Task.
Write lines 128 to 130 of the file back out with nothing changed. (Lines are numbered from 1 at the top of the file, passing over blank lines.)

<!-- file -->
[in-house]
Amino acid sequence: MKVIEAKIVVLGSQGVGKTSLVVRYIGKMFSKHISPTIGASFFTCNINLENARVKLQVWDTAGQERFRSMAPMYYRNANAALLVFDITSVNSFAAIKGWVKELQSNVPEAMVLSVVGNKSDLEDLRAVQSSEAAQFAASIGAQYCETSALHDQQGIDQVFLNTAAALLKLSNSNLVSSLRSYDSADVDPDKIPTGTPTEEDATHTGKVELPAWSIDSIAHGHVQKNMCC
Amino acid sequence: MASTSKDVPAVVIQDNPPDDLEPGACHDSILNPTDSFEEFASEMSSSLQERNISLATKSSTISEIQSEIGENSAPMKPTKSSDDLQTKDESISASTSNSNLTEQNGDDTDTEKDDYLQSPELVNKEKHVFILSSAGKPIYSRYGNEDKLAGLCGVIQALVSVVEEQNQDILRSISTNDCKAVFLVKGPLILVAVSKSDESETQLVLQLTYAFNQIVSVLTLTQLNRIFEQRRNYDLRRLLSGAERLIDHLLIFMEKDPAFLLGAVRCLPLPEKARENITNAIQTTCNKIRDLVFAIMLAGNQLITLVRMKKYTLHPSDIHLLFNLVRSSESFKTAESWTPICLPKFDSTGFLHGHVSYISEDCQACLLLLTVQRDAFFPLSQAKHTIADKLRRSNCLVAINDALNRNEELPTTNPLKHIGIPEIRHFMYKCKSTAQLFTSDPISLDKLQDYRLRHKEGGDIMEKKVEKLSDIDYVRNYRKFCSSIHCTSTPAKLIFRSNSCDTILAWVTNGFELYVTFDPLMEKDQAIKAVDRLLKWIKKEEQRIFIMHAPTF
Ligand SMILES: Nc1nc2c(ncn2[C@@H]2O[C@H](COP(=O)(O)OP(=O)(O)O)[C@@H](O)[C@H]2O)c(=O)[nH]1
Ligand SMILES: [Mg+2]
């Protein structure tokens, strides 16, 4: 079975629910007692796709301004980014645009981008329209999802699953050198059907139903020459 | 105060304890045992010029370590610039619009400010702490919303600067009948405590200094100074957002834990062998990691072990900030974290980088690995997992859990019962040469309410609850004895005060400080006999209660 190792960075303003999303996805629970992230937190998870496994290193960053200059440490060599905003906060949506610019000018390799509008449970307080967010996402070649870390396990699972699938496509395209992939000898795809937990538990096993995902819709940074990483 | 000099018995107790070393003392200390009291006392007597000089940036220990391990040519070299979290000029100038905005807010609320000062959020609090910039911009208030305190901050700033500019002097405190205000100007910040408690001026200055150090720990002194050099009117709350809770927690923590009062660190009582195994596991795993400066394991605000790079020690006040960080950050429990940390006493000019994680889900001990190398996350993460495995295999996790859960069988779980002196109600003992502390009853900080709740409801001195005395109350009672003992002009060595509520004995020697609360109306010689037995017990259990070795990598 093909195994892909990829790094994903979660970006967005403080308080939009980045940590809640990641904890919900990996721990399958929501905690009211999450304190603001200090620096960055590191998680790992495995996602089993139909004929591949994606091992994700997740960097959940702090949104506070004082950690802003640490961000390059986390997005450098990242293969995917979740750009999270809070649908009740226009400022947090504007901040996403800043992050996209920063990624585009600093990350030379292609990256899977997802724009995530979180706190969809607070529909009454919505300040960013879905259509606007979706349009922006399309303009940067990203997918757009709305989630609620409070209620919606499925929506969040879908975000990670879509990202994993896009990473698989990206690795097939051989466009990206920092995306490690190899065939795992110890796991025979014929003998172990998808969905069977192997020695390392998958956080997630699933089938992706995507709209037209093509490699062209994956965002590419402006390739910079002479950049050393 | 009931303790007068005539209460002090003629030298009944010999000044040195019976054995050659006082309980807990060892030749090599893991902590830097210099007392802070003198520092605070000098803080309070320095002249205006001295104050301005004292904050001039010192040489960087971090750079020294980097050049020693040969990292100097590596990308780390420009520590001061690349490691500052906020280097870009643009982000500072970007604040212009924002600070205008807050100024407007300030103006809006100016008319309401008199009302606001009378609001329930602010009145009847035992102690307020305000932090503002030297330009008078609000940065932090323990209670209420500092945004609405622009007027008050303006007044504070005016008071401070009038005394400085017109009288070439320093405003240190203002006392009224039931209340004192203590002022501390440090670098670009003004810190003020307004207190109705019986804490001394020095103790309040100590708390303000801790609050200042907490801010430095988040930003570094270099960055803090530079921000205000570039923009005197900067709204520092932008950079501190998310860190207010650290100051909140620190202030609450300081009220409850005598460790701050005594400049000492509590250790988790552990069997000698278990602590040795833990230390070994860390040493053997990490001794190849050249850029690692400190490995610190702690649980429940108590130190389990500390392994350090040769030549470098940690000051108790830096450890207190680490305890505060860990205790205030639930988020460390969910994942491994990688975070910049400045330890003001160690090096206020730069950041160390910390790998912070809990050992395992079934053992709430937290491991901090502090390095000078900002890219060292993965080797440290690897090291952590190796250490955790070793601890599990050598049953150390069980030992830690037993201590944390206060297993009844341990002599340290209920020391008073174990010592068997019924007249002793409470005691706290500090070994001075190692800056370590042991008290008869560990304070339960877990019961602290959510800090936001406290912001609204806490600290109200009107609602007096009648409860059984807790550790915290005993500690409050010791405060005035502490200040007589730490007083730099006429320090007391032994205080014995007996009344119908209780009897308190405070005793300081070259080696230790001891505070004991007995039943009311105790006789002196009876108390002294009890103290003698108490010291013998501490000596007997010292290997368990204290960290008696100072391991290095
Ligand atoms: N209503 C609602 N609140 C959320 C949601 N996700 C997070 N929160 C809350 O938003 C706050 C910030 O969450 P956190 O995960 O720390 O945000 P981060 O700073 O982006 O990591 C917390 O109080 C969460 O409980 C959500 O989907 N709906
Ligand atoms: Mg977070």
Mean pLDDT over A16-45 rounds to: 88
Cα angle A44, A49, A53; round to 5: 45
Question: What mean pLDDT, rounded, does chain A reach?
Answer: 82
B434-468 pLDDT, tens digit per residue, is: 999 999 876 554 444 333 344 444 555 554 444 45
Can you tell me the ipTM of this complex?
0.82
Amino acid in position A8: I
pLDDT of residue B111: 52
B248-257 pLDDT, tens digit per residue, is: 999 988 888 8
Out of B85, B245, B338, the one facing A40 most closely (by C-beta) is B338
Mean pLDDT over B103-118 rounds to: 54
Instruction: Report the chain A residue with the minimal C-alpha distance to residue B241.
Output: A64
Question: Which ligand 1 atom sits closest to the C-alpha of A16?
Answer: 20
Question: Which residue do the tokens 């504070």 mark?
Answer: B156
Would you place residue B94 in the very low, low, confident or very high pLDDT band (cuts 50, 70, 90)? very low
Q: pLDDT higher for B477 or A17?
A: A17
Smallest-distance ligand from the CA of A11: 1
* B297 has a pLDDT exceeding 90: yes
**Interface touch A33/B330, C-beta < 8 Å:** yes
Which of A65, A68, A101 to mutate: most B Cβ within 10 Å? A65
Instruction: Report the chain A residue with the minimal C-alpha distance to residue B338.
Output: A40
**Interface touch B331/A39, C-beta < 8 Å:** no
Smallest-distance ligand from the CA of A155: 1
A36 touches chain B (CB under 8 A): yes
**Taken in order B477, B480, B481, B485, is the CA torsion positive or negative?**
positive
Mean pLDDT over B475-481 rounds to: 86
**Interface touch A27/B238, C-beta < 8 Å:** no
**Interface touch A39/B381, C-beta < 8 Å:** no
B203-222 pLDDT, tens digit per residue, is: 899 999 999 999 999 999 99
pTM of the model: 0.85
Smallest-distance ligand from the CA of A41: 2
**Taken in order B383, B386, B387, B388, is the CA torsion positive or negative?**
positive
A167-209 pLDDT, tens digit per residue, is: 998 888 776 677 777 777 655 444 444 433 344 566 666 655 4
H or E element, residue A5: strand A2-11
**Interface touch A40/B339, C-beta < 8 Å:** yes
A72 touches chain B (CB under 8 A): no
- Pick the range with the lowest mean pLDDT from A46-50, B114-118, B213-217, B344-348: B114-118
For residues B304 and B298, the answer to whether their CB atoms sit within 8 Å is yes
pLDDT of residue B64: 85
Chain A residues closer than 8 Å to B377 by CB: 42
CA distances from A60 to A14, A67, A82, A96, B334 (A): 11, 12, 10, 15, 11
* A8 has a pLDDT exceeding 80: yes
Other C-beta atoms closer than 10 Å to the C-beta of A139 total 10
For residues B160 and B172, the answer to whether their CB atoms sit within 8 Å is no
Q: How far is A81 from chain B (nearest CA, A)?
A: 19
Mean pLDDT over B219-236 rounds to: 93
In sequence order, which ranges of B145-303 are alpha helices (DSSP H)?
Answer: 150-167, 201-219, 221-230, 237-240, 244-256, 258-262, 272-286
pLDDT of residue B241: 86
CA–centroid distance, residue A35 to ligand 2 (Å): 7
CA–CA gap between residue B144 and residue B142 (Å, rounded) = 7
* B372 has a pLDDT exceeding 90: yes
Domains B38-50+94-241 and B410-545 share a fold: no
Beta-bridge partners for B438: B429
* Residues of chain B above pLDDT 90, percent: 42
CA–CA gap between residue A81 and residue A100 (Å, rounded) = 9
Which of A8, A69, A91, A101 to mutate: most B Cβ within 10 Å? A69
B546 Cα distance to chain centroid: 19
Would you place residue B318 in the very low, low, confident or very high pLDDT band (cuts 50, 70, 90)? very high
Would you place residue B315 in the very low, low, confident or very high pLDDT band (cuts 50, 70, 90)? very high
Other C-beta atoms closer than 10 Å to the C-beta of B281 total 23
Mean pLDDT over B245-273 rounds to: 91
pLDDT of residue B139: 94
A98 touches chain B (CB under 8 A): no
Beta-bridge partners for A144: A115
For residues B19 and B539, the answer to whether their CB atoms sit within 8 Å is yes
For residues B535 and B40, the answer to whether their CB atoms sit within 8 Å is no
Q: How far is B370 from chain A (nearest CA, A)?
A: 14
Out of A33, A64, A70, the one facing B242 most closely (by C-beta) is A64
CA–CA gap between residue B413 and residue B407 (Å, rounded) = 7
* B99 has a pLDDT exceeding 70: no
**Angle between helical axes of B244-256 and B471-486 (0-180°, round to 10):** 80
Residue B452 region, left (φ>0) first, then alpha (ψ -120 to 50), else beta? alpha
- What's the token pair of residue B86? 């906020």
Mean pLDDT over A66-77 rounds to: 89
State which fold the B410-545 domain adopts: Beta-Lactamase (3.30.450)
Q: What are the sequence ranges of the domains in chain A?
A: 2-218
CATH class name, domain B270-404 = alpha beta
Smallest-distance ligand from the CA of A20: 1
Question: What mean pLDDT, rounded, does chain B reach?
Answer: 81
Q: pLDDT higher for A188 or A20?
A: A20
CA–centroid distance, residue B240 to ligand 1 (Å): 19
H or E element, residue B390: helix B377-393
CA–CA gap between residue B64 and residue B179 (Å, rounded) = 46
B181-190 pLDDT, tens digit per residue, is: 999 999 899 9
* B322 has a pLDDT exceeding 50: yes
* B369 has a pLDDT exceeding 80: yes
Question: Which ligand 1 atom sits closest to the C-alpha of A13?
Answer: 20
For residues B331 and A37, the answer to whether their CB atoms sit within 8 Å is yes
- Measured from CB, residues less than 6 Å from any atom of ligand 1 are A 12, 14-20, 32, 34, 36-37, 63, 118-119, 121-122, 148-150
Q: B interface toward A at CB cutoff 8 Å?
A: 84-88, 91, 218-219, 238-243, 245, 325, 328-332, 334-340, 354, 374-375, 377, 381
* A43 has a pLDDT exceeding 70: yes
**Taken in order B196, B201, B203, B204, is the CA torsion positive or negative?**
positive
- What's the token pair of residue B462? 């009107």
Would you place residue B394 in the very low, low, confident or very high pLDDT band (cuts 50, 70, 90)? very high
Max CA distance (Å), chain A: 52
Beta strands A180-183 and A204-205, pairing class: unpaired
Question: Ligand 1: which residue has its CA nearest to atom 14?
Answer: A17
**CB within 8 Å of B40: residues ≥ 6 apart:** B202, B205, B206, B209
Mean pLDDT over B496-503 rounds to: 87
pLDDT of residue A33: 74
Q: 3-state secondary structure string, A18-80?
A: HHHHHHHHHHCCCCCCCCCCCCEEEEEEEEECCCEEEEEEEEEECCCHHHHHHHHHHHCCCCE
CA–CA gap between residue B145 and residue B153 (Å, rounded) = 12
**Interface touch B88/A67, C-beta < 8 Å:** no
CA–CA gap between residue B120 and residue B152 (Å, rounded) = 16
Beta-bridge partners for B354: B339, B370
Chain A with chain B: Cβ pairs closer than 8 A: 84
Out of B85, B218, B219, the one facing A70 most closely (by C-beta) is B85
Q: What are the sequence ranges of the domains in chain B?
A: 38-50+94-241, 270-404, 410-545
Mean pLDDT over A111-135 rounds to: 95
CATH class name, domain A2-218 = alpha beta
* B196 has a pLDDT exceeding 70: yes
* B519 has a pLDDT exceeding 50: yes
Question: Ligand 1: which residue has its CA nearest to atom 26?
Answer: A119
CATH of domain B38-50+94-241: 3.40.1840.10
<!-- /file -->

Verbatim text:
A: HHHHHHHHHHCCCCCCCCCCCCEEEEEEEEECCCEEEEEEEEEECCCHHHHHHHHHHHCCCCE
CA–CA gap between residue B145 and residue B153 (Å, rounded) = 12
**Interface touch B88/A67, C-beta < 8 Å:** no